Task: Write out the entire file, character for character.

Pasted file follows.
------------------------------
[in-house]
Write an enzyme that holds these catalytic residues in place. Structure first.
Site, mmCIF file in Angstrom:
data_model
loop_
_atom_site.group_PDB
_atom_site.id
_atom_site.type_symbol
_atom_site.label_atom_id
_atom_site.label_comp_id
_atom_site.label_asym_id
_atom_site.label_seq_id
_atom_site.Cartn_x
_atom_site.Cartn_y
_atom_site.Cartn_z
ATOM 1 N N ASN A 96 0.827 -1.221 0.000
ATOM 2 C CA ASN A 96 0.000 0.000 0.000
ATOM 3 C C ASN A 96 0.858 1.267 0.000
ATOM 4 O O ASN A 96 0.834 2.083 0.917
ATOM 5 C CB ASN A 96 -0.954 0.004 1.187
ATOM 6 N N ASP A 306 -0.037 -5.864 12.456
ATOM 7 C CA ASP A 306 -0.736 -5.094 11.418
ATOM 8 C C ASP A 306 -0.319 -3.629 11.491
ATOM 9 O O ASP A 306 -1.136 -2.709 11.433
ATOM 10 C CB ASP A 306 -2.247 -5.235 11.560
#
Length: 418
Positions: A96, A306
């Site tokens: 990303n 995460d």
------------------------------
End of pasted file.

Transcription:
[in-house]
Write an enzyme that holds these catalytic residues in place. Structure first.
Site, mmCIF file in Angstrom:
data_model
loop_
_atom_site.group_PDB
_atom_site.id
_atom_site.type_symbol
_atom_site.label_atom_id
_atom_site.label_comp_id
_atom_site.label_asym_id
_atom_site.label_seq_id
_atom_site.Cartn_x
_atom_site.Cartn_y
_atom_site.Cartn_z
ATOM 1 N N ASN A 96 0.827 -1.221 0.000
ATOM 2 C CA ASN A 96 0.000 0.000 0.000
ATOM 3 C C ASN A 96 0.858 1.267 0.000
ATOM 4 O O ASN A 96 0.834 2.083 0.917
ATOM 5 C CB ASN A 96 -0.954 0.004 1.187
ATOM 6 N N ASP A 306 -0.037 -5.864 12.456
ATOM 7 C CA ASP A 306 -0.736 -5.094 11.418
ATOM 8 C C ASP A 306 -0.319 -3.629 11.491
ATOM 9 O O ASP A 306 -1.136 -2.709 11.433
ATOM 10 C CB ASP A 306 -2.247 -5.235 11.560
#
Length: 418
Positions: A96, A306
């Site tokens: 990303n 995460d």